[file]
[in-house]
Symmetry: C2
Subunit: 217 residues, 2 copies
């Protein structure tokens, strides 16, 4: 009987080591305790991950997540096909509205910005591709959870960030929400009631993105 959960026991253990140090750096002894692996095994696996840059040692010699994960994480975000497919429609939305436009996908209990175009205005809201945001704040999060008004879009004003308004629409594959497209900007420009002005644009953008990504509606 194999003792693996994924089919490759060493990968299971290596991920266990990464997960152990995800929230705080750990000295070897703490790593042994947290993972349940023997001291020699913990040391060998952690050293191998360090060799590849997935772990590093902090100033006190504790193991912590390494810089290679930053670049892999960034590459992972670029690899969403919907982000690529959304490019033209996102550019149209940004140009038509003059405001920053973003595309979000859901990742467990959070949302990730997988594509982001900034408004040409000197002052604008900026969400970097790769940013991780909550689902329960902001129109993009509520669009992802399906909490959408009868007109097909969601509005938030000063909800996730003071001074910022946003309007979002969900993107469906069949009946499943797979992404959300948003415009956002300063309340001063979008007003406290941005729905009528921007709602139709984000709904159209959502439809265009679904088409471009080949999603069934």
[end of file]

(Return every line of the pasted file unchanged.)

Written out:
[in-house]
Symmetry: C2
Subunit: 217 residues, 2 copies
């Protein structure tokens, strides 16, 4: 009987080591305790991950997540096909509205910005591709959870960030929400009631993105 959960026991253990140090750096002894692996095994696996840059040692010699994960994480975000497919429609939305436009996908209990175009205005809201945001704040999060008004879009004003308004629409594959497209900007420009002005644009953008990504509606 194999003792693996994924089919490759060493990968299971290596991920266990990464997960152990995800929230705080750990000295070897703490790593042994947290993972349940023997001291020699913990040391060998952690050293191998360090060799590849997935772990590093902090100033006190504790193991912590390494810089290679930053670049892999960034590459992972670029690899969403919907982000690529959304490019033209996102550019149209940004140009038509003059405001920053973003595309979000859901990742467990959070949302990730997988594509982001900034408004040409000197002052604008900026969400970097790769940013991780909550689902329960902001129109993009509520669009992802399906909490959408009868007109097909969601509005938030000063909800996730003071001074910022946003309007979002969900993107469906069949009946499943797979992404959300948003415009956002300063309340001063979008007003406290941005729905009528921007709602139709984000709904159209959502439809265009679904088409471009080949999603069934």